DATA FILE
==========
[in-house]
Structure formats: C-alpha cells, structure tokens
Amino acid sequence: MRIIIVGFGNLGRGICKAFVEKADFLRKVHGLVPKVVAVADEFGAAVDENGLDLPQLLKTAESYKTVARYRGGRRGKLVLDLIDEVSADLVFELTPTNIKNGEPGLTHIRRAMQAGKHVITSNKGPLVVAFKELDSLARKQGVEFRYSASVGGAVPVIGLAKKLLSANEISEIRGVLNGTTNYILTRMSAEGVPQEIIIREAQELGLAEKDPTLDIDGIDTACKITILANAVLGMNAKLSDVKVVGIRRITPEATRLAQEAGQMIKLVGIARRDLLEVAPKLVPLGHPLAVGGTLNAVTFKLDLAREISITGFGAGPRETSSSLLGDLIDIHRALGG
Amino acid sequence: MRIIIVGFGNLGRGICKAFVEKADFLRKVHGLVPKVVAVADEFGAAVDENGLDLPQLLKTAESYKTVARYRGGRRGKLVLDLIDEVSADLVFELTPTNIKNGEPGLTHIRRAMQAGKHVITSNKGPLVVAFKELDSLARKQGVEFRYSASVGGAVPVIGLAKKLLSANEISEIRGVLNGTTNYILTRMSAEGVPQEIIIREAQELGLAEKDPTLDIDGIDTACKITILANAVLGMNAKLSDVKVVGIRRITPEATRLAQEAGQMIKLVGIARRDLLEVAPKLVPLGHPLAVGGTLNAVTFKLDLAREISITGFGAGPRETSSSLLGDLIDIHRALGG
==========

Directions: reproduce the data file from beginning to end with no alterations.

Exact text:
[in-house]
Structure formats: C-alpha cells, structure tokens
Amino acid sequence: MRIIIVGFGNLGRGICKAFVEKADFLRKVHGLVPKVVAVADEFGAAVDENGLDLPQLLKTAESYKTVARYRGGRRGKLVLDLIDEVSADLVFELTPTNIKNGEPGLTHIRRAMQAGKHVITSNKGPLVVAFKELDSLARKQGVEFRYSASVGGAVPVIGLAKKLLSANEISEIRGVLNGTTNYILTRMSAEGVPQEIIIREAQELGLAEKDPTLDIDGIDTACKITILANAVLGMNAKLSDVKVVGIRRITPEATRLAQEAGQMIKLVGIARRDLLEVAPKLVPLGHPLAVGGTLNAVTFKLDLAREISITGFGAGPRETSSSLLGDLIDIHRALGG
Amino acid sequence: MRIIIVGFGNLGRGICKAFVEKADFLRKVHGLVPKVVAVADEFGAAVDENGLDLPQLLKTAESYKTVARYRGGRRGKLVLDLIDEVSADLVFELTPTNIKNGEPGLTHIRRAMQAGKHVITSNKGPLVVAFKELDSLARKQGVEFRYSASVGGAVPVIGLAKKLLSANEISEIRGVLNGTTNYILTRMSAEGVPQEIIIREAQELGLAEKDPTLDIDGIDTACKITILANAVLGMNAKLSDVKVVGIRRITPEATRLAQEAGQMIKLVGIARRDLLEVAPKLVPLGHPLAVGGTLNAVTFKLDLAREISITGFGAGPRETSSSLLGDLIDIHRALGG